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Poetry on the Hutt River wins national award

Poetry on the Hutt River wins national award

A touch of escapism is how Poppy Haynes, winner of the 2004 Bell Gully National Schools Poetry Award, describes her winning poem, Had I an intelligent dolphin… set on the Hutt River.

Poppy Haynes, 17, from Chilton St James School in Lower Hutt, is the second young poet to receive the annual national prize, judged this year by Glenn Colquhoun with the award presented by Margaret Mahy at tonight’s prize ceremony (27 August).

The announcement kicks off this year’s Bell Gully National Schools Writing Festival, which has attracted more than 200 students, teachers and writers from around the country to take part in the weekend’s workshops. Both the festival and competition have been organised by Victoria University’s International Institute of Modern Letters and law firm Bell Gully.

Poppy, who is in her final year of secondary school, has always written poetry for fun, and took part in the Bell Gully National Schools Poetry Festival in 2003, where she received some helpful tips and advice from James Brown, Victoria University’s Poet in Residence.

“Poetry is a bit of fun; a chance to escape and fantasise about mad moments, crazy ideas and really let your imagination run away with you,” says Poppy.

“I wrote the poem on a Sunday afternoon while I was supposed to be doing my calculus homework.”

Judge Glenn Colquhoun agrees. “It is always important to look at the world in a different light. Poetry is one of the oldest ways of doing that. It is worth preserving and promoting,” he says.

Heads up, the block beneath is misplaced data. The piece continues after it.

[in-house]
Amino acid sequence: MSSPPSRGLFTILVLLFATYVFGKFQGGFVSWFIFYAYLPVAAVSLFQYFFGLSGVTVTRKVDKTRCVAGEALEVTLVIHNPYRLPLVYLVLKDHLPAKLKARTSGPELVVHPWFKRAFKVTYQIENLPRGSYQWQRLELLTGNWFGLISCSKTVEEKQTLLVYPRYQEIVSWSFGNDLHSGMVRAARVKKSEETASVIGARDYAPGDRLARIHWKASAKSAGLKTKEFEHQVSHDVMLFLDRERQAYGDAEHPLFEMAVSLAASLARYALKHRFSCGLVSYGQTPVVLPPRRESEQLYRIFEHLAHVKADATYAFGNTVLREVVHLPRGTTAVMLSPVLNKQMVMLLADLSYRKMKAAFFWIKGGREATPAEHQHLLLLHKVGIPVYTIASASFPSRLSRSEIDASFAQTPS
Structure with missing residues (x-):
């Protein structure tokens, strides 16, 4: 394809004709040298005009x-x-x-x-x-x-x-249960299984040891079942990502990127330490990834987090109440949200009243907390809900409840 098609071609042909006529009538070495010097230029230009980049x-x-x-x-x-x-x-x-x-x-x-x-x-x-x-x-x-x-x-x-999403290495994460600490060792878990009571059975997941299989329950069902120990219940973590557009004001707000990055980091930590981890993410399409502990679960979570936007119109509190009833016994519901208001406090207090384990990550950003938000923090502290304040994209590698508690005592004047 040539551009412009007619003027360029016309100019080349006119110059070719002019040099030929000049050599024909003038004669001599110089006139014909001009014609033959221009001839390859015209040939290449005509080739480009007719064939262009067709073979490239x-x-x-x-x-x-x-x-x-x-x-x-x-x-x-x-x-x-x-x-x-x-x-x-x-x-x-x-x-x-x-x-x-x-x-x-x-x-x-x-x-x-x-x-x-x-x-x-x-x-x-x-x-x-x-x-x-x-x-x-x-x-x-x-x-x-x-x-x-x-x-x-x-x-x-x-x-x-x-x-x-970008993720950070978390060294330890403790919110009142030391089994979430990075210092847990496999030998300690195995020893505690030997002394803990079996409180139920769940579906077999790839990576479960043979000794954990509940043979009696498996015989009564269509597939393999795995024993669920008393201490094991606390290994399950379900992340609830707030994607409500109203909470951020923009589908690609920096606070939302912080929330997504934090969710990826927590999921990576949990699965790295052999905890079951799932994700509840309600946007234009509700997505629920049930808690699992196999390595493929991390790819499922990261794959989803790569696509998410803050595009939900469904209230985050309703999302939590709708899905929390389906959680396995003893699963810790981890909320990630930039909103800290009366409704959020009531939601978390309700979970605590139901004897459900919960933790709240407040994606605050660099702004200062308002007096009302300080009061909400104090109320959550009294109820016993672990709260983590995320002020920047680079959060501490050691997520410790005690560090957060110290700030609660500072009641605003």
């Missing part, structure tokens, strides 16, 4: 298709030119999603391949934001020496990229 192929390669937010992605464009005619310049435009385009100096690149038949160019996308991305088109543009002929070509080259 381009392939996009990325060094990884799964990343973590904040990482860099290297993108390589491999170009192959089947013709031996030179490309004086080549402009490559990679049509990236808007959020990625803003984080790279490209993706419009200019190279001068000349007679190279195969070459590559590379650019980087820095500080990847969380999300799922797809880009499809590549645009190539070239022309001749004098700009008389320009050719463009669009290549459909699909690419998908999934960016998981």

“Poppy’s poem was a small tunnel of words to escape through and not out of place among the best poems I have read this year. Every time I read it, it stood out for its simplicity, imagination, precision and joy.”

Despite a wealth of extra-curricular activities – soccer, choir, running the school newspaper and taking part in the National Youth Drama School, Poppy still finds time for her poetry. She plans to go to university next year and will probably undertake a double degree so that she can continue to study her favourite subjects, which range from Biochemistry to English.

Poppy will receive a $500 cash prize; a $500 book grant for her school’s library; a year’s membership to the New Zealand Book Council; and subscriptions to leading literary journals Landfall and Sport.

This year’s runners-up are Helen Lyttelton and Meg Ryburn, Year 12, Rangi Ruru Girls’ School, Christchurch and Melissa Chen, Shezani Nasoordeen and Arielle Tai, Year 13, Epsom Girls Grammar School, Auckland.

Media are welcome to attend the announcement of the Bell Gully National Schools Poetry Award on 27 August at 6pm on L28 of the Majestic Centre, 100 Willis Street, Wellington.

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